2010 has been what I needed it to be and I trust 2011 will be too.  It’s been a year of feet on the dashboard, toothy smiles and too-loud laughs, sing-alongs, hammocks, looking down on the clouds, long hugs, dreams fulfilled, anxiety and excitement, new friends, old friends, take-offs and landings, Skype calls, ridiculous parties, nesting instincts, nomadic whims, writing and writing and writing.  It’s been a year for me to wander and a year for me to sit still.  2010 has made me grow and made me think; it’s prepared me for the hailstorm of joy & productivity that 2011 will bring.  And I can’t wait.

[photo: new years 2010 in Australia – I’m far right]

I have had a string of bad days.  Not “my dog died” kind of bad, but more like the kind of days when you just want to hide from the world.  Usually these kinds of days are riddled with self-doubt.  They are filled with surges of confidence that quickly disapate.  And I spend copious amounts of energy doing the things that I think will lift my spirits only to feel even worse than I did before.

I took my medicine.

I journaled–tried to acknowledge my fears with words.

I texted, tweeted and wrote to friends.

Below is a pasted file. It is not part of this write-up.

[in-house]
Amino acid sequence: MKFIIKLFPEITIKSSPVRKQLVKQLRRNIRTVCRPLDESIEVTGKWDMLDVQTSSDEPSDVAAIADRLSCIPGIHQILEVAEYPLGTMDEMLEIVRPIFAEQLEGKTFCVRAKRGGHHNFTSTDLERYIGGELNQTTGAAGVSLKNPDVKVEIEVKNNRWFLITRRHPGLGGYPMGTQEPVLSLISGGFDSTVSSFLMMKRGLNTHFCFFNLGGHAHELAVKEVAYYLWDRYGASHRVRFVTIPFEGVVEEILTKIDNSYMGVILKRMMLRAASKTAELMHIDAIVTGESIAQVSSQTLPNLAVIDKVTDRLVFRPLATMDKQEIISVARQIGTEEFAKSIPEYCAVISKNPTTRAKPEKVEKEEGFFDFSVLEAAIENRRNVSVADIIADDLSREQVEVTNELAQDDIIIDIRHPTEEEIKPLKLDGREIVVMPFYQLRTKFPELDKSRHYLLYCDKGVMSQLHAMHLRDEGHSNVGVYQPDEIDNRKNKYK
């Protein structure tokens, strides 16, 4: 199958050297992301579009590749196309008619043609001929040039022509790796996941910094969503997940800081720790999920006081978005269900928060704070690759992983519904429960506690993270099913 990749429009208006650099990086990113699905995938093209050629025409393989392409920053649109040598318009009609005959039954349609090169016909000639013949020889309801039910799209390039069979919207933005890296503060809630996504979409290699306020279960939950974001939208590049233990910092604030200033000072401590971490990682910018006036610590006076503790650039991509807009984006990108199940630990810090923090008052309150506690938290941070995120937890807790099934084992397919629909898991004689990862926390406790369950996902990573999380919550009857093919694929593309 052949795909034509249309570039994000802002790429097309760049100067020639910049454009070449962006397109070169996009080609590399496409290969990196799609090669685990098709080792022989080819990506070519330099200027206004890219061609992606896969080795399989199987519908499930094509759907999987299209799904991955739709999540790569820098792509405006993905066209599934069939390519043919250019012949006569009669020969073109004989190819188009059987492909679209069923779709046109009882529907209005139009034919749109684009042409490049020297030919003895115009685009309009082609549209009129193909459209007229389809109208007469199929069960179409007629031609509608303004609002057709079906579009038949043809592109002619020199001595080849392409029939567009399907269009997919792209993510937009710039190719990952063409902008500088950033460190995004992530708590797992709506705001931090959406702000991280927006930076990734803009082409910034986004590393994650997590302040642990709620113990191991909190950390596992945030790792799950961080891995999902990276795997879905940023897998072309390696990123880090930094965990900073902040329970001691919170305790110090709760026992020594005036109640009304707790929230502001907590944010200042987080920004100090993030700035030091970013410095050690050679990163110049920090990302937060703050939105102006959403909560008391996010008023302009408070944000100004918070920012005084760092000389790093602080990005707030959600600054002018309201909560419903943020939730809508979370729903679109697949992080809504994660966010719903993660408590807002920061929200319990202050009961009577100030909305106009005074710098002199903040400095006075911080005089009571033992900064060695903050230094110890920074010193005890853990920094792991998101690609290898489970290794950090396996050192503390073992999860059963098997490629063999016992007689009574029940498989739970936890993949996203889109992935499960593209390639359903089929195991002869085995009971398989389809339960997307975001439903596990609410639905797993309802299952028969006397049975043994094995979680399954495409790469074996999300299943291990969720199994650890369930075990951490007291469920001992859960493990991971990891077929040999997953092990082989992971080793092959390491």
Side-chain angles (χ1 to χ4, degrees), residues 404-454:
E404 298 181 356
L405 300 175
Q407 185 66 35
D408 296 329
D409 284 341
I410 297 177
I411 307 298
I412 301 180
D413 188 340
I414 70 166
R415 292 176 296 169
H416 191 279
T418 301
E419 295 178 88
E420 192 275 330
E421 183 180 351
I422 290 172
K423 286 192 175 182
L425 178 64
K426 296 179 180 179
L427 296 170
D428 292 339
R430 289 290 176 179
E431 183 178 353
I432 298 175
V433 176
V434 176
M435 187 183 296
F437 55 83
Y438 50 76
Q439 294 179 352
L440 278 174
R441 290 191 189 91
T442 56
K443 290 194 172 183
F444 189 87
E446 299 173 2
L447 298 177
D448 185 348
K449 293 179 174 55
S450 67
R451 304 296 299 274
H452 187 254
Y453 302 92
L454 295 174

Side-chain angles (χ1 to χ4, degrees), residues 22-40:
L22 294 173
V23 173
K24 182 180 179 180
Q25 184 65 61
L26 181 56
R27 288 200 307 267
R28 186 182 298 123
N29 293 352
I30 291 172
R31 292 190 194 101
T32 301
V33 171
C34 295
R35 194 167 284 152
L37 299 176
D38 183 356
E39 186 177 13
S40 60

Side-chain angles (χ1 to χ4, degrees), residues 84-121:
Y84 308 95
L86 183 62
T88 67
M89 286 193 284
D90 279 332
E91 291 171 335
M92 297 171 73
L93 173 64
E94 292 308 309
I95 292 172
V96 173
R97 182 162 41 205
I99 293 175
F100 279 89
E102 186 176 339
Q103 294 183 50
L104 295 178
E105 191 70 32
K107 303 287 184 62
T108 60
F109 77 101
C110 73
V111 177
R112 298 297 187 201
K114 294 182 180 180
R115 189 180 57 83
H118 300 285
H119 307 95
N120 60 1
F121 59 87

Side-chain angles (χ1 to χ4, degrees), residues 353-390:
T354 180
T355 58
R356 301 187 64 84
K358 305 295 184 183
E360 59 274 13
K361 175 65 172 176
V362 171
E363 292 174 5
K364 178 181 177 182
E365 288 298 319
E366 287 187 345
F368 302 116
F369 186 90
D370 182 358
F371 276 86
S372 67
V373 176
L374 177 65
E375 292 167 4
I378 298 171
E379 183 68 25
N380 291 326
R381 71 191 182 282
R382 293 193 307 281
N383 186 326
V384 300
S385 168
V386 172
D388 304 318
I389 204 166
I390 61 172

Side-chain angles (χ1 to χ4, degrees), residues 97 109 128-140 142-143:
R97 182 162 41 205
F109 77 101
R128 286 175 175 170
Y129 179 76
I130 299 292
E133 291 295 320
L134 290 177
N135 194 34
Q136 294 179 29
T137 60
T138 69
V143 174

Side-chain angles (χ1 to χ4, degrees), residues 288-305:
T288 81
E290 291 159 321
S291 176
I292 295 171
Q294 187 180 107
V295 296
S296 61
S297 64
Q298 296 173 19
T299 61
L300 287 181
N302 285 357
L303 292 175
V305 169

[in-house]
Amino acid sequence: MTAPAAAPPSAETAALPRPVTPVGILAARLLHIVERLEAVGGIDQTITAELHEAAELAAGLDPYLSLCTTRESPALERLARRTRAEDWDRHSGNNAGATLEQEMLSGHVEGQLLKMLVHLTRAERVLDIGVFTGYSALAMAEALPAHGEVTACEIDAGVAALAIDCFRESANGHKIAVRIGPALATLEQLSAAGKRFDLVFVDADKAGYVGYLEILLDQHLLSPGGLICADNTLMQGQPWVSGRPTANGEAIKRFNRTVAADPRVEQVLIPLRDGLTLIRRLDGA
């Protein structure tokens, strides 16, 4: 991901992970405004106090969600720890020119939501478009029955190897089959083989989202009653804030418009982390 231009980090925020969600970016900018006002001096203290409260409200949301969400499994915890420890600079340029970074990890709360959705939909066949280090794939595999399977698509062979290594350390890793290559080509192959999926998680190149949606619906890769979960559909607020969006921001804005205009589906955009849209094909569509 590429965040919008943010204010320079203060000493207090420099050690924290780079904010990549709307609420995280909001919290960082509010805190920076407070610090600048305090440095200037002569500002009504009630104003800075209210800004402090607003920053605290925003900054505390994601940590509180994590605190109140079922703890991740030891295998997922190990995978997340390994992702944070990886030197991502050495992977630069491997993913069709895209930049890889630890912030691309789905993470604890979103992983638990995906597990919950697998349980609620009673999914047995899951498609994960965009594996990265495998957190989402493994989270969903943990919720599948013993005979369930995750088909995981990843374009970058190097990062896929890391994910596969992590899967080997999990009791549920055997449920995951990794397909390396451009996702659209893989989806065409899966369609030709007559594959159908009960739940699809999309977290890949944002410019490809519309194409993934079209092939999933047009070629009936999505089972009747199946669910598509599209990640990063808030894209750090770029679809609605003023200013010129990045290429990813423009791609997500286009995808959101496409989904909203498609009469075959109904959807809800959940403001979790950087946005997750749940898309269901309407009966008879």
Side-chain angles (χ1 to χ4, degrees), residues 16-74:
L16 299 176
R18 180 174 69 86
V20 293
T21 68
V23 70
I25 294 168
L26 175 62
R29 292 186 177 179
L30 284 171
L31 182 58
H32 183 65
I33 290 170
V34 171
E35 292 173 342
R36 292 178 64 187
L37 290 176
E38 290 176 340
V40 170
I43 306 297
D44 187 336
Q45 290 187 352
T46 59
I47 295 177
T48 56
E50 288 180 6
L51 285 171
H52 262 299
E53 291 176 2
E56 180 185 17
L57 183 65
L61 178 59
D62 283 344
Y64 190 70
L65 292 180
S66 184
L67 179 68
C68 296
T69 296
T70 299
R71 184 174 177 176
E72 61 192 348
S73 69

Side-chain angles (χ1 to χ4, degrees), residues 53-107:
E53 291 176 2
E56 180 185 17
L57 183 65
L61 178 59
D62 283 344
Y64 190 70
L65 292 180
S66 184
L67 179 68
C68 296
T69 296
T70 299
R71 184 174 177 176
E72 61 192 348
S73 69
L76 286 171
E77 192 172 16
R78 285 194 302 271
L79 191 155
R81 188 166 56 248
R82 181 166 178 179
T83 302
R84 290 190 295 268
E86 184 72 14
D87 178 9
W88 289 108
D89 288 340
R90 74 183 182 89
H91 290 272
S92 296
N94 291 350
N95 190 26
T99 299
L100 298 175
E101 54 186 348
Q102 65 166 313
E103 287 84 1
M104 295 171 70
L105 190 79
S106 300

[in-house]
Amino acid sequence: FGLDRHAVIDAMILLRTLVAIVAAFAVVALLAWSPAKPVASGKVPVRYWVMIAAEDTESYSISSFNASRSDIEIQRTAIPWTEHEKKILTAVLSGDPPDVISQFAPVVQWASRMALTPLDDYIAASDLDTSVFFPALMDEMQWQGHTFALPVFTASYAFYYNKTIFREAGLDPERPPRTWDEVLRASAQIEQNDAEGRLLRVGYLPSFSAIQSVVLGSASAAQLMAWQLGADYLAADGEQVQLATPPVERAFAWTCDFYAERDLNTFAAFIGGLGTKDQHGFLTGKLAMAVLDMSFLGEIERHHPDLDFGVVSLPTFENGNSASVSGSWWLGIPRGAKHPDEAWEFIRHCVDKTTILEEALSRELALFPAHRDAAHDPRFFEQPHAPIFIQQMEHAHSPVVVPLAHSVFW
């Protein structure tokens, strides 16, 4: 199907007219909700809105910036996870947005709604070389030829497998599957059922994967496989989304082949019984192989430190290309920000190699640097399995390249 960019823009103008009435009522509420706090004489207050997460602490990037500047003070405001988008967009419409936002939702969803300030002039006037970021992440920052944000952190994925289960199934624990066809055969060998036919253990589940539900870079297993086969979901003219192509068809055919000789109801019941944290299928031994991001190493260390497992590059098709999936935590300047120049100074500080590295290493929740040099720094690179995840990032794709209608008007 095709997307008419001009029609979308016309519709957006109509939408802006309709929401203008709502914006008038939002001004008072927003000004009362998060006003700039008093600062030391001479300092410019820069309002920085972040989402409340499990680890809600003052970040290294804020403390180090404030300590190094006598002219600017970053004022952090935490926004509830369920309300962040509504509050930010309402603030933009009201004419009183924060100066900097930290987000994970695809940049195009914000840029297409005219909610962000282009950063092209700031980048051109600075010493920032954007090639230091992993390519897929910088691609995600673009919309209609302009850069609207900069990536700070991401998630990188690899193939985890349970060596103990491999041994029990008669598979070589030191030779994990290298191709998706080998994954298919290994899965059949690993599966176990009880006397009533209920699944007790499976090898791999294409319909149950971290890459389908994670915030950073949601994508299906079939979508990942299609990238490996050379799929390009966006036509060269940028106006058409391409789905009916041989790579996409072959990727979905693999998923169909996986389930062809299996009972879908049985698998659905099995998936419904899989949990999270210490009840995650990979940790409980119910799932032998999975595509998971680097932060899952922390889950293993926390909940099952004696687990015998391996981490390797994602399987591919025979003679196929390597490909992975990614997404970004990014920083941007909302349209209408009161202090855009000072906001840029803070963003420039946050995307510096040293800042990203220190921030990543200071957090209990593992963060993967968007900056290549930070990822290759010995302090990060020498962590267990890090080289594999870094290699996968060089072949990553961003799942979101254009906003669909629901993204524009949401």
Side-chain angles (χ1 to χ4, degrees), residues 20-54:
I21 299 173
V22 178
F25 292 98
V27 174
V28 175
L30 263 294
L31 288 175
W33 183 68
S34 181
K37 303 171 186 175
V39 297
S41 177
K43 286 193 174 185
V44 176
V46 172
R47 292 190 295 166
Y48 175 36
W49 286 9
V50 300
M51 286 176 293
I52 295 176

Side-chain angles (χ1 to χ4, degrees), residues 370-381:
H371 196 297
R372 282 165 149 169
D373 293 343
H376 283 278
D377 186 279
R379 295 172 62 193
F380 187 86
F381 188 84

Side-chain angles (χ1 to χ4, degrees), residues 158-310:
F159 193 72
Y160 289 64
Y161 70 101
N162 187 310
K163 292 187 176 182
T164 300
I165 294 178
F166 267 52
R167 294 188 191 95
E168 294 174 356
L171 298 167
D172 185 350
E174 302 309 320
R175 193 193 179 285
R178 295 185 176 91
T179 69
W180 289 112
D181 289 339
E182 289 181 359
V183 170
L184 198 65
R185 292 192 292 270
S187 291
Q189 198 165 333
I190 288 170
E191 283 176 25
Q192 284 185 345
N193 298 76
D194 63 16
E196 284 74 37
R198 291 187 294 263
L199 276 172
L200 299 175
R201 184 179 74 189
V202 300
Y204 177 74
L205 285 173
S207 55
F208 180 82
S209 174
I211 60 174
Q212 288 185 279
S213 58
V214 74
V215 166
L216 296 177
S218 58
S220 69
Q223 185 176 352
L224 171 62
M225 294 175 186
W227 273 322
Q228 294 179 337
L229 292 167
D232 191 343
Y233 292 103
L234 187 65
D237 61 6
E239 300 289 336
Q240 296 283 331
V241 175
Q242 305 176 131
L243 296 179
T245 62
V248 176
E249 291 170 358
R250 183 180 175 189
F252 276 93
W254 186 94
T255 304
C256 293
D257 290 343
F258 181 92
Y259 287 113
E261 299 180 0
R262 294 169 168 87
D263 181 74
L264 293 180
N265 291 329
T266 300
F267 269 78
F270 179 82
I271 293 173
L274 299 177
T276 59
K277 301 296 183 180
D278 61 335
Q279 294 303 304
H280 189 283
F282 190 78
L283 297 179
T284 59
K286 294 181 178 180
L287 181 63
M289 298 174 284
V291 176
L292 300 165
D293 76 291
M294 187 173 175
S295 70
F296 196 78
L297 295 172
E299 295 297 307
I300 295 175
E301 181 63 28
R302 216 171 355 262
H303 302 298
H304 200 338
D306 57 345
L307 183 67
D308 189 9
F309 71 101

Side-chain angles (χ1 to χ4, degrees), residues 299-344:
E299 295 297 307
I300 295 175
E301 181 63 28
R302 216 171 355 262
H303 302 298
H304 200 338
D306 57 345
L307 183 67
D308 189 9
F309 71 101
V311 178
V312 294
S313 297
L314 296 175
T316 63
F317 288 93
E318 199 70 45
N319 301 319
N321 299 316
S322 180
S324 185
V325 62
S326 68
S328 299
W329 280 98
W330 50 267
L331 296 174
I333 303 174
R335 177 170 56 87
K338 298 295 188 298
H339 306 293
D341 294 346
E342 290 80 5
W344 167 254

I took long, scalding showers.

I turned on Britney Spears and did funny dances with the kids.

It didn’t work.  Despite doing all of those things, each day was filled with moments where I sat on the edge of the sofa with eyes full of tears that would not fall.  So one night I said to myself, you know, maybe I don’t need to try to fight these feelings so hard.  Maybe I need to go ahead and acknowledge these feelings–embrace them even–and just be.

Normally when I reach this point, I dig through my nightstand drawer and consult a spiritual text (of which there are many).  But instead I looked up my astrological profile.  I know, funny isn’t it?  I was grasping for something, anything, that might help me understand why I was feeling this way, why I so often feel this way, and this is what it told me:

. . . . Cancerians are family centered, tradition bound, tied to the past, fearful of the future and of the unknown. Security is one of their major goals. . . .  Cancerians look toward introversion and melancholy. They are as restless and moody as the shifting tides. They…like to retreat into dreams and fantasies and to shelter themselves in the relative safety of the past.

. . . . They tend to be exclusive in their social contacts; at the same time, they are particularly touchy about being excluded by others. And they never forget a slight. . . .

. . . . If they are disappointed, they become withdrawn and hostile. . . .

. . . . At their best, Cancerians of both sexes are among the most loving of people, profoundly intuitive, and quick to grasp and respond to the emotional needs of others. They inspire and nurture growth. It is Cancerians’ task to find safe haven in which their sign’s exquisite sensitivity can bloom and flourish. Otherwise, the crab my find itself dominated by the prickly, grasping side of its nature.

Sigh of relief.